Healthcare: Clinical Risk and Patient Safety Monitoring
Analytics in healthcare can help facilitate the use of big data and machine learning to improve organizational efficiency and provide better patient experiences. Administrators can use real-time analytics to assess clinical risk, monitor patient safety, personalize patient results, and reduce patient readmission.
Network Threat Detection
Machine learning models can perform streaming analysis of DNS data, proxies, and traffic monitoring to expedite threat detection.
The Importance of Persistent Memory
One of the big challenges with DRAM is the loss of data associated with power failures or shutdowns. Persistent memory reduces downtime cycles that occur when your server is powered off. Typically, when a machine is powered down, all of the running applications and data have to be retrieved again once the machine powers back up. Because the data in persistent memory is preserved between power cycles, an in-memory database is able to restart up to 13x faster than reloading data from disk.5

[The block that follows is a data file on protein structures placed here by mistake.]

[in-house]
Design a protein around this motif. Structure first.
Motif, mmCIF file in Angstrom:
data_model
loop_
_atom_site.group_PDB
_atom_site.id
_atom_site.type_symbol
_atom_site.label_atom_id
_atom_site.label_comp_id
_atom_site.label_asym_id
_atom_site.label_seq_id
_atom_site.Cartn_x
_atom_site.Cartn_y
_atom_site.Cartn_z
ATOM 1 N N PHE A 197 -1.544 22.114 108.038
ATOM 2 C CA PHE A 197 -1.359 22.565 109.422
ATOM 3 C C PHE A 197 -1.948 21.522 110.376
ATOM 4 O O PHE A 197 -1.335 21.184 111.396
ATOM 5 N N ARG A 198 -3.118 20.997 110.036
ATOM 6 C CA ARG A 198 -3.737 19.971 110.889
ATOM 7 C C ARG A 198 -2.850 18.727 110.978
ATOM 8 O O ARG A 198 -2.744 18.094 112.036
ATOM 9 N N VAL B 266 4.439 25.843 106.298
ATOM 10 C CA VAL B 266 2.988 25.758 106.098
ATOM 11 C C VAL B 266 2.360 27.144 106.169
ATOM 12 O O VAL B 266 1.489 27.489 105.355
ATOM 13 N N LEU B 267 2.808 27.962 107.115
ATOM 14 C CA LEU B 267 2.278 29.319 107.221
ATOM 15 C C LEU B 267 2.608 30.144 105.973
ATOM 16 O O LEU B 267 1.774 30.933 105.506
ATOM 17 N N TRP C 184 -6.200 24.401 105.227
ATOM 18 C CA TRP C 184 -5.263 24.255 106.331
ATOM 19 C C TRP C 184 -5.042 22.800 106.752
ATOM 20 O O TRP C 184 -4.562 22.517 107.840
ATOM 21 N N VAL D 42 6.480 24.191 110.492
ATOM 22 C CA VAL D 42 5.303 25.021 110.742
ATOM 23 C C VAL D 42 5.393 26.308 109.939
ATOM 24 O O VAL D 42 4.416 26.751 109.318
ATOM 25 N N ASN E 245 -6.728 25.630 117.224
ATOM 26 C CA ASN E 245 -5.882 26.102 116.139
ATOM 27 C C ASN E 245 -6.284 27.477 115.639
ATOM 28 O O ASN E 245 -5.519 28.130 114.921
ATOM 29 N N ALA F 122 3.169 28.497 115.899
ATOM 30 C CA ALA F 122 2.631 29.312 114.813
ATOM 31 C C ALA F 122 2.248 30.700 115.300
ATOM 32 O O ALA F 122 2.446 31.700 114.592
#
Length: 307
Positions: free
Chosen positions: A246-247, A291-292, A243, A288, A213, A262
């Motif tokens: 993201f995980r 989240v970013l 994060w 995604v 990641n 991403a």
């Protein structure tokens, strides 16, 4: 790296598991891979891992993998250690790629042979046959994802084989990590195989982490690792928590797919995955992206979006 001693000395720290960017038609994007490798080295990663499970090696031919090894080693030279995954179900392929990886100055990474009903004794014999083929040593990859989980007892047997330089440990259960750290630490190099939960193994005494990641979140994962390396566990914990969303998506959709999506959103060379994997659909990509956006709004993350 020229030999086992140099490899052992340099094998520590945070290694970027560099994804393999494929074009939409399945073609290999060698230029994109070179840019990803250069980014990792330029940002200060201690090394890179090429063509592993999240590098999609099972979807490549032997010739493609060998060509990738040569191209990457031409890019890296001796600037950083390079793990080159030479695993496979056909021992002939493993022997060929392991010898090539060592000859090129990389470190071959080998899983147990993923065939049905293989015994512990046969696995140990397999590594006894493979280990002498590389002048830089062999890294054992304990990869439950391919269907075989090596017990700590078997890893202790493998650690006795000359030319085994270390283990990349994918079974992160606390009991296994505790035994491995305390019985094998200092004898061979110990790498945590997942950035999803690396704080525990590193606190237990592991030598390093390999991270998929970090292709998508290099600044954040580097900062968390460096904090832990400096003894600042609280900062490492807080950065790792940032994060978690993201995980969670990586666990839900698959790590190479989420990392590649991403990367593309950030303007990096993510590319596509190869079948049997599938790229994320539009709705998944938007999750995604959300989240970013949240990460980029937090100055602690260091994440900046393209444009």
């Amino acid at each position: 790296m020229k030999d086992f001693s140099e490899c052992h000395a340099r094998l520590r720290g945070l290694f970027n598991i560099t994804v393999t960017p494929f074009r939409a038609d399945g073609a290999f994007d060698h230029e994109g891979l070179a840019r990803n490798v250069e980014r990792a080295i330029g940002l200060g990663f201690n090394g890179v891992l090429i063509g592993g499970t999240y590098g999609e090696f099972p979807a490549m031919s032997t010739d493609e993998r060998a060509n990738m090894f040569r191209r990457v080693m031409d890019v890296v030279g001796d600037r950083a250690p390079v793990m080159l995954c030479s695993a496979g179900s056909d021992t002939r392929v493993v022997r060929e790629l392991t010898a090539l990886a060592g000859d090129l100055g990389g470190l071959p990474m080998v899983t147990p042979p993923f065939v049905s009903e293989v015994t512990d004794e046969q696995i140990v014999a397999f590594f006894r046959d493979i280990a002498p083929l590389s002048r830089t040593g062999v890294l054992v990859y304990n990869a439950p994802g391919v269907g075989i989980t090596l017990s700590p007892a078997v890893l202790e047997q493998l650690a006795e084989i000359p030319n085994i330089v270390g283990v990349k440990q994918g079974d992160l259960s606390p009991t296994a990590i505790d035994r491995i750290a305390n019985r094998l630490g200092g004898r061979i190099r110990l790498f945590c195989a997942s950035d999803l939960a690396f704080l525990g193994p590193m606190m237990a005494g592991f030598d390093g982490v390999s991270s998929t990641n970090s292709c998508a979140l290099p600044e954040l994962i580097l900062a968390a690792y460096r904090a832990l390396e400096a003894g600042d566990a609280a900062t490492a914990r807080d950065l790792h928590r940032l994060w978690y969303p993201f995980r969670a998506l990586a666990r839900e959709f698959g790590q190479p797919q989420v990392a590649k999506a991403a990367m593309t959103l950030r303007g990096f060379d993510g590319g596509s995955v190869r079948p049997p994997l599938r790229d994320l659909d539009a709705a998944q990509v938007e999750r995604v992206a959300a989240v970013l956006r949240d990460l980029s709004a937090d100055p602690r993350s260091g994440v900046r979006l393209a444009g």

Infrastructure Needs for In-Memory Databases
When building your in-memory database analytics stack, the first thing to consider is how you’ll use your data. This will determine the technology you should use to store and process your data. Consider your business needs. If they’re not time or memory intensive, you may opt for traditional solutions instead.
Here are some recommendations to follow when building your in-memory database infrastructure:
- Put in place a distributed environment that gives you the flexibility to scale CPU, memory, and storage capacities as needed over time.
- Create a relational, multimodal environment that supports SQL databases and semistructured data like JSON.
- Ensure that data can be moved down from memory to storage tiers as it ages so you can optimize data management costs without compromising analytics or latency performance.